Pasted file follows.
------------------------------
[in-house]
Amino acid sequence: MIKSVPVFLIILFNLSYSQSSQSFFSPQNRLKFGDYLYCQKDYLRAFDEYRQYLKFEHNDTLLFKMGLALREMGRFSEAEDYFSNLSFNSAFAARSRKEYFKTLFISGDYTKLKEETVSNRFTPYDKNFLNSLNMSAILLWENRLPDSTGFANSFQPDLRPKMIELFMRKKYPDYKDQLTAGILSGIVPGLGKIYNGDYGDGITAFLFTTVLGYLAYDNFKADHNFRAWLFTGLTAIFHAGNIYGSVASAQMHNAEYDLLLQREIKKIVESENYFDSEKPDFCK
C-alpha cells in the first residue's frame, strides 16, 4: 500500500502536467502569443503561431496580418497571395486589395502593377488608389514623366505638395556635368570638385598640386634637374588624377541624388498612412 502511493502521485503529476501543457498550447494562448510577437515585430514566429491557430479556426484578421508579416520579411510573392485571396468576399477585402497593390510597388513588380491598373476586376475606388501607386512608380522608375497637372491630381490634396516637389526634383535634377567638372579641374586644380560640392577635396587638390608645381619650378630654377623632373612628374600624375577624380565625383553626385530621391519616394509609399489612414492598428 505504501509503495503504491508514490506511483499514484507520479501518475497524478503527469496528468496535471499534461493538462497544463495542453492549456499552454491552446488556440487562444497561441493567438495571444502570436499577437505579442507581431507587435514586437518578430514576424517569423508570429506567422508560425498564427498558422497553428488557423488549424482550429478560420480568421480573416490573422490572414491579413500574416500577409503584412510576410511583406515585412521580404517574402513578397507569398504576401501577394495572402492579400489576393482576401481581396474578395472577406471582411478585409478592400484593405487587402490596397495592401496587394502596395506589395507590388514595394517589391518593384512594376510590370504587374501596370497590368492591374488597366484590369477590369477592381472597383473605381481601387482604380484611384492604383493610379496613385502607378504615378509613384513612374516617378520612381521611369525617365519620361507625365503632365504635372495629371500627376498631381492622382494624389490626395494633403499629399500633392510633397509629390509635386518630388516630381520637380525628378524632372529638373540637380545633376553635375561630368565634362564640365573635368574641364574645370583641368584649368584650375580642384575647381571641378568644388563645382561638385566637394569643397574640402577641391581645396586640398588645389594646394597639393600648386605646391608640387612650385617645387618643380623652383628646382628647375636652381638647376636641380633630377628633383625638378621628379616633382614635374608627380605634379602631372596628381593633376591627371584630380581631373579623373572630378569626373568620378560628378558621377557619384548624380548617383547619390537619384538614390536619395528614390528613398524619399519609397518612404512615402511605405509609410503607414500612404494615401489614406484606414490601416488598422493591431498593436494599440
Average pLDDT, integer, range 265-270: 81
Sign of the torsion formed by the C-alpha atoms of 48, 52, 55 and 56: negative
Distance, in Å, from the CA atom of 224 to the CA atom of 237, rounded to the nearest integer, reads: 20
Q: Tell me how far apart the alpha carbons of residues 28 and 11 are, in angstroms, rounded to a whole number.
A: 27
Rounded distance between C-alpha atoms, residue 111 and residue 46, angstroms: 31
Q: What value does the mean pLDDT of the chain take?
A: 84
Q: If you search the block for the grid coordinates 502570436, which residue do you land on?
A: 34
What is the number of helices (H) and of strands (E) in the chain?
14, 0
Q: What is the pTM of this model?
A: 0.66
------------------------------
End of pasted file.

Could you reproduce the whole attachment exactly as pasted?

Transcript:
[in-house]
Amino acid sequence: MIKSVPVFLIILFNLSYSQSSQSFFSPQNRLKFGDYLYCQKDYLRAFDEYRQYLKFEHNDTLLFKMGLALREMGRFSEAEDYFSNLSFNSAFAARSRKEYFKTLFISGDYTKLKEETVSNRFTPYDKNFLNSLNMSAILLWENRLPDSTGFANSFQPDLRPKMIELFMRKKYPDYKDQLTAGILSGIVPGLGKIYNGDYGDGITAFLFTTVLGYLAYDNFKADHNFRAWLFTGLTAIFHAGNIYGSVASAQMHNAEYDLLLQREIKKIVESENYFDSEKPDFCK
C-alpha cells in the first residue's frame, strides 16, 4: 500500500502536467502569443503561431496580418497571395486589395502593377488608389514623366505638395556635368570638385598640386634637374588624377541624388498612412 502511493502521485503529476501543457498550447494562448510577437515585430514566429491557430479556426484578421508579416520579411510573392485571396468576399477585402497593390510597388513588380491598373476586376475606388501607386512608380522608375497637372491630381490634396516637389526634383535634377567638372579641374586644380560640392577635396587638390608645381619650378630654377623632373612628374600624375577624380565625383553626385530621391519616394509609399489612414492598428 505504501509503495503504491508514490506511483499514484507520479501518475497524478503527469496528468496535471499534461493538462497544463495542453492549456499552454491552446488556440487562444497561441493567438495571444502570436499577437505579442507581431507587435514586437518578430514576424517569423508570429506567422508560425498564427498558422497553428488557423488549424482550429478560420480568421480573416490573422490572414491579413500574416500577409503584412510576410511583406515585412521580404517574402513578397507569398504576401501577394495572402492579400489576393482576401481581396474578395472577406471582411478585409478592400484593405487587402490596397495592401496587394502596395506589395507590388514595394517589391518593384512594376510590370504587374501596370497590368492591374488597366484590369477590369477592381472597383473605381481601387482604380484611384492604383493610379496613385502607378504615378509613384513612374516617378520612381521611369525617365519620361507625365503632365504635372495629371500627376498631381492622382494624389490626395494633403499629399500633392510633397509629390509635386518630388516630381520637380525628378524632372529638373540637380545633376553635375561630368565634362564640365573635368574641364574645370583641368584649368584650375580642384575647381571641378568644388563645382561638385566637394569643397574640402577641391581645396586640398588645389594646394597639393600648386605646391608640387612650385617645387618643380623652383628646382628647375636652381638647376636641380633630377628633383625638378621628379616633382614635374608627380605634379602631372596628381593633376591627371584630380581631373579623373572630378569626373568620378560628378558621377557619384548624380548617383547619390537619384538614390536619395528614390528613398524619399519609397518612404512615402511605405509609410503607414500612404494615401489614406484606414490601416488598422493591431498593436494599440
Average pLDDT, integer, range 265-270: 81
Sign of the torsion formed by the C-alpha atoms of 48, 52, 55 and 56: negative
Distance, in Å, from the CA atom of 224 to the CA atom of 237, rounded to the nearest integer, reads: 20
Q: Tell me how far apart the alpha carbons of residues 28 and 11 are, in angstroms, rounded to a whole number.
A: 27
Rounded distance between C-alpha atoms, residue 111 and residue 46, angstroms: 31
Q: What value does the mean pLDDT of the chain take?
A: 84
Q: If you search the block for the grid coordinates 502570436, which residue do you land on?
A: 34
What is the number of helices (H) and of strands (E) in the chain?
14, 0
Q: What is the pTM of this model?
A: 0.66